Saturday, November 14, 2015

Message from a war zone

I woke up this morning because my husband was blowing his nose rather loudly.

My daughter came in shortly after and woke us up again (though we were already up).  We had a family cuddle and I gave her Eskimo and butterfly kisses. 

Then she opened the living room door letting the cat come and "wake us up" in his turn. 

I woke up to rain on a chillier autumn day than we have had recently. 

I woke up to three iMessages from my mom.  Asking me if I'd seen the news, was I ok. 

I woke up to the bad news that most of the rest of the world already knew.

I woke up to three messages on Facebook and several emails from concerned friends and family.

I woke up in a war zone of sorts.  I woke up to a France more terrorized than ever.  To a Paris that was mourning its dead and wondering what would happen next.

If my my small city two hours from Paris seemed spared this time, it is still all a little too close to home.   It is also a little too familiar after the Charlie Hebdo attacks in January and the near miss of the Thalys train in August. 

Where I live, life goes on pretty much as before.  People gathered to light candles and observe about half an hour of silence.  But other than that, we are here for another day, shopping and driving and just living. 

And as with every attack before, we are saddened, and scratching our heads.  Wondering how people could kill innocents like that, kill themselves, all for a cause that is so perverted and so far from godly.

I have a dream, a lot like Marin Luther King, Jr.  A dream that Muslim children and Christian children play together.  A dream that kids play together no matter where their parents come from or what language they speak at home.  A dream that people from different backgrounds talk openly and see how very much they are alike.

The thing is, that dream is already here.  I see it everyday in Juliette's school.  Her best friend is from a Muslim family.  Yesterday when I picked her up I did the cheek kisses with several moms, two of whom are Muslim, one of whom was wearing a scarf that let a few black strands of hair peek out.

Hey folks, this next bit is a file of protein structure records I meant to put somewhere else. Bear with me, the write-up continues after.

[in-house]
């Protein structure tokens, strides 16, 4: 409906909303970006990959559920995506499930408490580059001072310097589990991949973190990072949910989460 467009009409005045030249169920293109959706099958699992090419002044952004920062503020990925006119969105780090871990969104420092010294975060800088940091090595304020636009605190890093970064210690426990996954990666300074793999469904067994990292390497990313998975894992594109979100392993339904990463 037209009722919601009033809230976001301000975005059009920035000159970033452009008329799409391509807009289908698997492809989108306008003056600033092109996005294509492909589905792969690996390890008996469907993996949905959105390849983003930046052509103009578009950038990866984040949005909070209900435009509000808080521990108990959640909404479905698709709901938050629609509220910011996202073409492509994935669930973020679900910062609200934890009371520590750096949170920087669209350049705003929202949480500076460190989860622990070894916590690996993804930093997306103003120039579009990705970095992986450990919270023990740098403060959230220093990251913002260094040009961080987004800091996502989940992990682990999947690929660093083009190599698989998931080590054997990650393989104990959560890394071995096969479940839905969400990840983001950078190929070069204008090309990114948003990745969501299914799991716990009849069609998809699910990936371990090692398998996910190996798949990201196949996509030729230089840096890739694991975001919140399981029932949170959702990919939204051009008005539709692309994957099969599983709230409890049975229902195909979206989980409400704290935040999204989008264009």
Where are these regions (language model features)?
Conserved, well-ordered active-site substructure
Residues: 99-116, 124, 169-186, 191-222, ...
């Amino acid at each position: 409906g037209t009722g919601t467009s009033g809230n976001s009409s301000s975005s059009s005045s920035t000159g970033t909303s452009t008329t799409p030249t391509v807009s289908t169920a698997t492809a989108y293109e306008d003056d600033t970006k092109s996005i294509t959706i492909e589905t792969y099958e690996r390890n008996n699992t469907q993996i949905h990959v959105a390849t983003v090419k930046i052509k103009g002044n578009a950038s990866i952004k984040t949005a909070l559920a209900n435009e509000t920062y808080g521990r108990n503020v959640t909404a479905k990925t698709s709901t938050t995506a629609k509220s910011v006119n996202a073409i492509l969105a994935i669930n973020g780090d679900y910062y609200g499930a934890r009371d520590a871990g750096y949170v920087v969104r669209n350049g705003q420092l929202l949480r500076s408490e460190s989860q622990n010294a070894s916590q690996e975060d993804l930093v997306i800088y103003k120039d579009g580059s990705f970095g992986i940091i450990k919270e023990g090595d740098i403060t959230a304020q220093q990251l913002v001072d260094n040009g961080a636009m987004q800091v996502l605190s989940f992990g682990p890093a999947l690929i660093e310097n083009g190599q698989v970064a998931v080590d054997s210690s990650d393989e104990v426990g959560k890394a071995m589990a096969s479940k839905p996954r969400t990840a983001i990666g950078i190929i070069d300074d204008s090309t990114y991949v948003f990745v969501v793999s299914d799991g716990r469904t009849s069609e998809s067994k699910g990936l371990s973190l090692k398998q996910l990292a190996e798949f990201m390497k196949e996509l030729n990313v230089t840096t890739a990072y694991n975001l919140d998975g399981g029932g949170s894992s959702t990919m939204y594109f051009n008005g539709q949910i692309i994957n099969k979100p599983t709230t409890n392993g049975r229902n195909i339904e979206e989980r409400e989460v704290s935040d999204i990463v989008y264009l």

I heard the Syrian father who came to France with his family about a year ago and whose French is improving every day.  I saw his son come happily out of the schoolyard, speaking French like the other kids but his own language with his father.

So if it can work in the schoolyard in my little middle-class city neighborhood, and if it can work in so many Parisian offices and schools and park benches, why is this kind of evil still being perpetrated?  The terrorists attacked Paris, attacked the French everyday citizen.  But how many of those people are/were living out a peaceful coexistence with different faiths and cultures?

These terrorists picked the wrong target.  Not that there ever is a right target.  France, the way I see it, is already doing pretty well at integrating and accepting different nationalities and religions.  It's not perfect, but it's getting there. 

And I know, as the father of Juliette's best friend has told me time and again, this is not Islam.  Real Muslims don't kill in the name of their god.  And I know French Muslims weep today just as I am. 

And I know that my dream of different cultures living and working together will keep being played out.   We have to keep that dream alive.


Unknown said...

I was thinking of you when I heard the news and am relieved you are all fine. This was an eloquent post and I agree with every single word.

Katherine Leask said...

Yes, truly eloquent, Milam! My heart breaks for everyone in France.
But you are so right to focus on the most important things in the middle of all this chaos.
Brava, Milam! xoxo K